7 Female Rappers that Slap, from The Bay & Sac

We talk about male rappers all the time. We get it, there’s a lot of them. Today we’re going to change things up a bit and highlight some of our favorite ladies doing their thing. All of these acts are on the come up and are sprinkling new and exciting energy to the game. If we put you on to someone new today, then our job is done. Read on below to get familiar with some of the best female rappers in 2018 from The Bay & Sac!

Saweetie – Hayward, CA

Saweetie is a rapper from Hayward, who finished high school in Sacramento and went to the University Of Southern California for a communications degree. The model-esque emcee first garnered attention on Instagram, and experienced an unexpected breakout when she dropped her debut music video for “Icy Girl”, a bossy freestyle to the instrumental of Khia’s raunchy classic “My Neck, My Back”. On it, she drops bars that are both aspirational and self-assured with a measured delivery that implies she’s been rapping for a while. Today, “Icy Girl” has gotten more than 9 million views on Youtube. She plans to release an EP this year on her self-owned label, Icy. She’s brand new to the game, but her interviews imply she’s got plans to be around for a while, and we think she will be.



Stunna Girl – Sacramento, CA

Stunna Girl is an exciting new act out of Sacramento. One of her claims to fame is a beef with fellow Sacramento rapper Noni Blanco, from which her standout cut and diss record “Let It Drip” was born. As a rapper, Stunna Girl’s strength lies not in her flow, but the fact that she’s a proficient shit-talker who convinces you that she lives what she raps. When she says “I done let it drip” while waving around a .45, you believe her. Much of her persona is wrapped in a sex-positive air, reminiscent of Lil Kim and Nick Minaj who came before her. She claims to have all the men wrapped around her fingers, and the ladies hate on her for it. Stunna Girl does it for who she calls the “get money bitches”, ladies who do what it takes to collect the bag, whether it be sex work, sliding cards, scamming, and the like. If no one else is making music with those ladies in mind, she is in an authentic way.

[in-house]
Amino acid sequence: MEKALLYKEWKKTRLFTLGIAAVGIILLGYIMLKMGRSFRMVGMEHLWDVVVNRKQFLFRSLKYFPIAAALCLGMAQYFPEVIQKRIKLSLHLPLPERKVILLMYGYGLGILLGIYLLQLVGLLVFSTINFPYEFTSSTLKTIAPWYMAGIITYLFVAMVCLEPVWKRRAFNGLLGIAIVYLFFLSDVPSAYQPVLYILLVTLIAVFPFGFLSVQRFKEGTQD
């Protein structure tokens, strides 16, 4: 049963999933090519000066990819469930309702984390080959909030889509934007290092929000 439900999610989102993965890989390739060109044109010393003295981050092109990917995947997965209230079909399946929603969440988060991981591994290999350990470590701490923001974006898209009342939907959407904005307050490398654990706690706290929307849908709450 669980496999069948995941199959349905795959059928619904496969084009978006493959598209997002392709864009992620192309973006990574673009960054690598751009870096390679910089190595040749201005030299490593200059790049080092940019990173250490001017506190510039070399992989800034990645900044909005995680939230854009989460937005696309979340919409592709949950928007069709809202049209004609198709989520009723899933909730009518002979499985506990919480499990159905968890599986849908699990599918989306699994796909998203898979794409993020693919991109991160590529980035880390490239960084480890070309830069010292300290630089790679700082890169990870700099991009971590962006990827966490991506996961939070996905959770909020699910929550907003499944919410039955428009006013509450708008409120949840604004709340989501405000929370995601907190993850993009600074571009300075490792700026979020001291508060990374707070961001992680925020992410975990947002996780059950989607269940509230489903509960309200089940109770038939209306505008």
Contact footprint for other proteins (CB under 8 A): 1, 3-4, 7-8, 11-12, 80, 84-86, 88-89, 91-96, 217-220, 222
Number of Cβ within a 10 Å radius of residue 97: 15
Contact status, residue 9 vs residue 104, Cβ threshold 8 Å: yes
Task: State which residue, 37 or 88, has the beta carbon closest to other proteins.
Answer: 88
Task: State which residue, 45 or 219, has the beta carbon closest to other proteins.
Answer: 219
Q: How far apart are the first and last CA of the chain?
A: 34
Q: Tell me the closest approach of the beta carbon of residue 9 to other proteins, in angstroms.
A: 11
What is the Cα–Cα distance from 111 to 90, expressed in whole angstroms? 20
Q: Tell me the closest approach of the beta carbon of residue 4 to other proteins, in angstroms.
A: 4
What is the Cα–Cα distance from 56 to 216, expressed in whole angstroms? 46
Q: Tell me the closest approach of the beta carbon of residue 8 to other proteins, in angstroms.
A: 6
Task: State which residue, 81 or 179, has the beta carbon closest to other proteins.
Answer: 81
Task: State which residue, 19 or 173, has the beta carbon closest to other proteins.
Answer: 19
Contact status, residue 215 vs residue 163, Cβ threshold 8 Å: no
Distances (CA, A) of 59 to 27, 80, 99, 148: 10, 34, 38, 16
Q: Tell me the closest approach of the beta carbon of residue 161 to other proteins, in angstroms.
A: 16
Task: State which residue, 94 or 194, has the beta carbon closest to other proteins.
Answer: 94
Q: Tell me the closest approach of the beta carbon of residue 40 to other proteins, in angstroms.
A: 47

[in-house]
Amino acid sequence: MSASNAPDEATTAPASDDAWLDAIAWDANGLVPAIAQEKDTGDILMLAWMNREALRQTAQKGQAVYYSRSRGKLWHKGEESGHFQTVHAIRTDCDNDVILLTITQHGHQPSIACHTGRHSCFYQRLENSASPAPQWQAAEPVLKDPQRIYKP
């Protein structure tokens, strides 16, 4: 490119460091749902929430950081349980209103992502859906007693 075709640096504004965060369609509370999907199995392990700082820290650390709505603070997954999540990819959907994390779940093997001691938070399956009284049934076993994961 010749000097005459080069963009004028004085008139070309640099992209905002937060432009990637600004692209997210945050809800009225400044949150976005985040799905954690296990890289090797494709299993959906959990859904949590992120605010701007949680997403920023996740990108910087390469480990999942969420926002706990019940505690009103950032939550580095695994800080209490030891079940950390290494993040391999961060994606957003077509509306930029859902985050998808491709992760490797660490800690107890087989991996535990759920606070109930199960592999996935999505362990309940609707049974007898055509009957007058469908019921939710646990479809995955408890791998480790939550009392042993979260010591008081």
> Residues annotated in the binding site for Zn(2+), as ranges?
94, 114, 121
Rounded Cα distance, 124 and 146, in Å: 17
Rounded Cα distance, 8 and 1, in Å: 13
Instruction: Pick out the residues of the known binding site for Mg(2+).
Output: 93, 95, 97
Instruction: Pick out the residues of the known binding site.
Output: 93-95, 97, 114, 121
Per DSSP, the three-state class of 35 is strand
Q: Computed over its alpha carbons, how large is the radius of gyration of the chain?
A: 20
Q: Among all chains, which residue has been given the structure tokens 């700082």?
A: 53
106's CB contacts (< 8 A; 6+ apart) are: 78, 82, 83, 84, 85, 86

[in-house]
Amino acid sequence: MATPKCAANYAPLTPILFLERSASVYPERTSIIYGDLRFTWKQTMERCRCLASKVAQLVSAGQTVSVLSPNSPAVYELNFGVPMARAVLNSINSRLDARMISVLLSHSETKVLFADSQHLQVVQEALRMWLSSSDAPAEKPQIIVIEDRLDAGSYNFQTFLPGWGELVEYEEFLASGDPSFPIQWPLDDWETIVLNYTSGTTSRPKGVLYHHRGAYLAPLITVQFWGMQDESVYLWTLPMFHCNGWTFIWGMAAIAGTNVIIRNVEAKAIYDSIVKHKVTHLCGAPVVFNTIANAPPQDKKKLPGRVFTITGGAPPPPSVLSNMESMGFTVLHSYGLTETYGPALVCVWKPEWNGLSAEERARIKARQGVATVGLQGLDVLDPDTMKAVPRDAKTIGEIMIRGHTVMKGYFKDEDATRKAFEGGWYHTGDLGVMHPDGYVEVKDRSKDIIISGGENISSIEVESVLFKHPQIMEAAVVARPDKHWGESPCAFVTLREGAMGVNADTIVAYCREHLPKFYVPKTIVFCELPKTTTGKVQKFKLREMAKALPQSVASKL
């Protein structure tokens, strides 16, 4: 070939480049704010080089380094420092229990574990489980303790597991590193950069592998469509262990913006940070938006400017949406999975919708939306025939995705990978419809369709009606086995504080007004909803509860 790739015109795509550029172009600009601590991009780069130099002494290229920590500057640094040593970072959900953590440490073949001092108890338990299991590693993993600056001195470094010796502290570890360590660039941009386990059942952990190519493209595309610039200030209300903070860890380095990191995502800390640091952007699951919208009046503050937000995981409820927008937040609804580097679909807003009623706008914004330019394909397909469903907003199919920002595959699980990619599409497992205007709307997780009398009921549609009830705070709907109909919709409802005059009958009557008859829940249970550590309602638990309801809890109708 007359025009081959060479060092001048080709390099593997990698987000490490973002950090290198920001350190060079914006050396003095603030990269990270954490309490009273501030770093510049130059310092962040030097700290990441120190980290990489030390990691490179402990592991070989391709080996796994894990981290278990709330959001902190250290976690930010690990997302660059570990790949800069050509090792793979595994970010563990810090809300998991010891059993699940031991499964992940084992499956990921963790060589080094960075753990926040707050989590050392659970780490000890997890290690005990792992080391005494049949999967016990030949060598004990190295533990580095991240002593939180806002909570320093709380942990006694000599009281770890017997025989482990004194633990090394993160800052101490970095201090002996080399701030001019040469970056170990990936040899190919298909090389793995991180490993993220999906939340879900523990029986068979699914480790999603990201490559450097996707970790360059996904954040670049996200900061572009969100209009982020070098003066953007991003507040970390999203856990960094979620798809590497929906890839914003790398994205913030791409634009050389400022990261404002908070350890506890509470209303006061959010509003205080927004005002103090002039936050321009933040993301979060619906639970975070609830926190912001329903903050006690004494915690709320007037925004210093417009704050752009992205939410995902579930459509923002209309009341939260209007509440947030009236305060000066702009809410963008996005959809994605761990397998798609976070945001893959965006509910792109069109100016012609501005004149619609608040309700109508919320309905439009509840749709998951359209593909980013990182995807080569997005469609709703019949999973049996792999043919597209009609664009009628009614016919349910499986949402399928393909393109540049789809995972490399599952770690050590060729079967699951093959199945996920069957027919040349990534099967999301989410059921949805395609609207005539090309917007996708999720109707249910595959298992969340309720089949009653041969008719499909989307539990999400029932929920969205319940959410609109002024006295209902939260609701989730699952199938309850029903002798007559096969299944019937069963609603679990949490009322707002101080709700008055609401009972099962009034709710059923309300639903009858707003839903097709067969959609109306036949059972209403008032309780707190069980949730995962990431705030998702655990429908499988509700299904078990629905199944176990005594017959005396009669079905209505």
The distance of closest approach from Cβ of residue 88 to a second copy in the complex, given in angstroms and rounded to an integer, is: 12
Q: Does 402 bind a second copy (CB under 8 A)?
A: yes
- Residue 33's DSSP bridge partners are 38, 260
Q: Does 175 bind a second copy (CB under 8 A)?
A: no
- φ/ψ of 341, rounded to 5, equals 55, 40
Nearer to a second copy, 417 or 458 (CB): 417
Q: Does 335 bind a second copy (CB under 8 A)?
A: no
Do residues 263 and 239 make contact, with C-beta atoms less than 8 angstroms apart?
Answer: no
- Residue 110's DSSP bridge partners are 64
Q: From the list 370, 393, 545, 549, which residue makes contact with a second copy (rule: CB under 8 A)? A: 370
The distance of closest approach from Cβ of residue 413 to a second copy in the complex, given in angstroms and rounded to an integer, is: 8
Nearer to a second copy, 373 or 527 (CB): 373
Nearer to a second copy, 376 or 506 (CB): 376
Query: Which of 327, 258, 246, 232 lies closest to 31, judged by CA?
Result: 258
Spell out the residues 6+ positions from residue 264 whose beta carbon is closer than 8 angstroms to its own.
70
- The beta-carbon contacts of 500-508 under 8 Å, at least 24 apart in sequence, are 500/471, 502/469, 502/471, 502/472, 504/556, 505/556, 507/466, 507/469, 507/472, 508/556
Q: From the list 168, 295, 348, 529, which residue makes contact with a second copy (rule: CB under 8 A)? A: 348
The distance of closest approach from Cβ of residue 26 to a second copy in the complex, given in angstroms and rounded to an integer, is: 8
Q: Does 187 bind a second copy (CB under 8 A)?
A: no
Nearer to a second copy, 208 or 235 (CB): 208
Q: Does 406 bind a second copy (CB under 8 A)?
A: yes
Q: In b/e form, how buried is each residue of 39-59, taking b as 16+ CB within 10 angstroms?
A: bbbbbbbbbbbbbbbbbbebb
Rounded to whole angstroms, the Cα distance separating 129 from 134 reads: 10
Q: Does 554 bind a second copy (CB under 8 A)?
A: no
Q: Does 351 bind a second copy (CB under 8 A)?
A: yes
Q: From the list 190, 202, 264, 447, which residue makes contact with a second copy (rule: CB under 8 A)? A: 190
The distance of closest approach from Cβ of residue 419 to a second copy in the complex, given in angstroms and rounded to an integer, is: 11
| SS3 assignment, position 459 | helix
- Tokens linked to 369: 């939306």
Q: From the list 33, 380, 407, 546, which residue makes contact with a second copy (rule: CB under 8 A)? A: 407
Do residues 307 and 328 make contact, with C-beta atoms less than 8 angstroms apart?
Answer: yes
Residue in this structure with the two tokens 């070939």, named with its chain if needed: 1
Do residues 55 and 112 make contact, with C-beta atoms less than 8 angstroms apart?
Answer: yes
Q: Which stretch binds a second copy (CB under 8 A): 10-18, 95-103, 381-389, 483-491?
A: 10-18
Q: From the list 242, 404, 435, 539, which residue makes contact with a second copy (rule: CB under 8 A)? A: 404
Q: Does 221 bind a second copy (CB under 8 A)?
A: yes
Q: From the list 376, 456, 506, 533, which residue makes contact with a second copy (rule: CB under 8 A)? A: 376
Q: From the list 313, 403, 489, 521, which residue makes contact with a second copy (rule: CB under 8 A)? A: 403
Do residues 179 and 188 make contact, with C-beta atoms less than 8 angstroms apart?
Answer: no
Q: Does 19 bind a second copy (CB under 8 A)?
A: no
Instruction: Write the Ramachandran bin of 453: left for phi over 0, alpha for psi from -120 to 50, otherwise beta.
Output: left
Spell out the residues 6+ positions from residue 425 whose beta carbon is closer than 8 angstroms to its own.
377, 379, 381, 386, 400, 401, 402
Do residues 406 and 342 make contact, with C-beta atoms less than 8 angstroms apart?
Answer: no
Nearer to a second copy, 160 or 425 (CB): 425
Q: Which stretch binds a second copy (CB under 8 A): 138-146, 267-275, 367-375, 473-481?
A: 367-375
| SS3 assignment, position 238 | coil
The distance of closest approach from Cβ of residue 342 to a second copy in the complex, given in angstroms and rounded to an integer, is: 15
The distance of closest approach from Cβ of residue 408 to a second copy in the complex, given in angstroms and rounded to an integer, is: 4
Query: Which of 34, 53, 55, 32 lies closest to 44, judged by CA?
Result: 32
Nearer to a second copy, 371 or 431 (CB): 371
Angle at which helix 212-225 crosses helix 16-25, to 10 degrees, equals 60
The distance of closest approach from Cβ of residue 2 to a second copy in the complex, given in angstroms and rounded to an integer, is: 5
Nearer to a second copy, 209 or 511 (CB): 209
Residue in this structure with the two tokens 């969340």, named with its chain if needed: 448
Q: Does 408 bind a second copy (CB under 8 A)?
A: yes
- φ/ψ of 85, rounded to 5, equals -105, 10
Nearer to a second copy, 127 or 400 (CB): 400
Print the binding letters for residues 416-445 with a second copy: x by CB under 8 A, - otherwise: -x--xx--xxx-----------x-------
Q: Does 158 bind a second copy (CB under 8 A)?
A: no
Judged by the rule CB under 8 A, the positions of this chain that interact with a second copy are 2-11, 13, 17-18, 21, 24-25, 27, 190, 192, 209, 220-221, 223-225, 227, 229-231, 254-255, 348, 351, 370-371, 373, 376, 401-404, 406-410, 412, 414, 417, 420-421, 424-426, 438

Siri – Oakland, CA

Siri is an eclectic new face in Oakland rap that you’ll want to know in 2018. Her style combines boom-bap rap, neo-soul, and even punk. She leads a band called Grocery Outlit. She’s been riding the wave of her 2017 EP, the Wax Roof produced GAWDBAWDY, and has turned that into some amazing performance opportunities. She’ll be performing at Oakland’s Fox Theatre later this month, opening for Tune Yards. On top of that she’s practically Oakland hip-hop royalty. She’s the daughter of Souls Of Mischief frontman Tajai Massey. Don’t expect to get 93 Til sounds from her though. She’s an ever-evolving artist whose vast influences grow everyday. Siri has been in the studio making new music with Wax Roof, and we expect that she’ll be on to something dope this year.


Ally Cocaine – Oakland, CA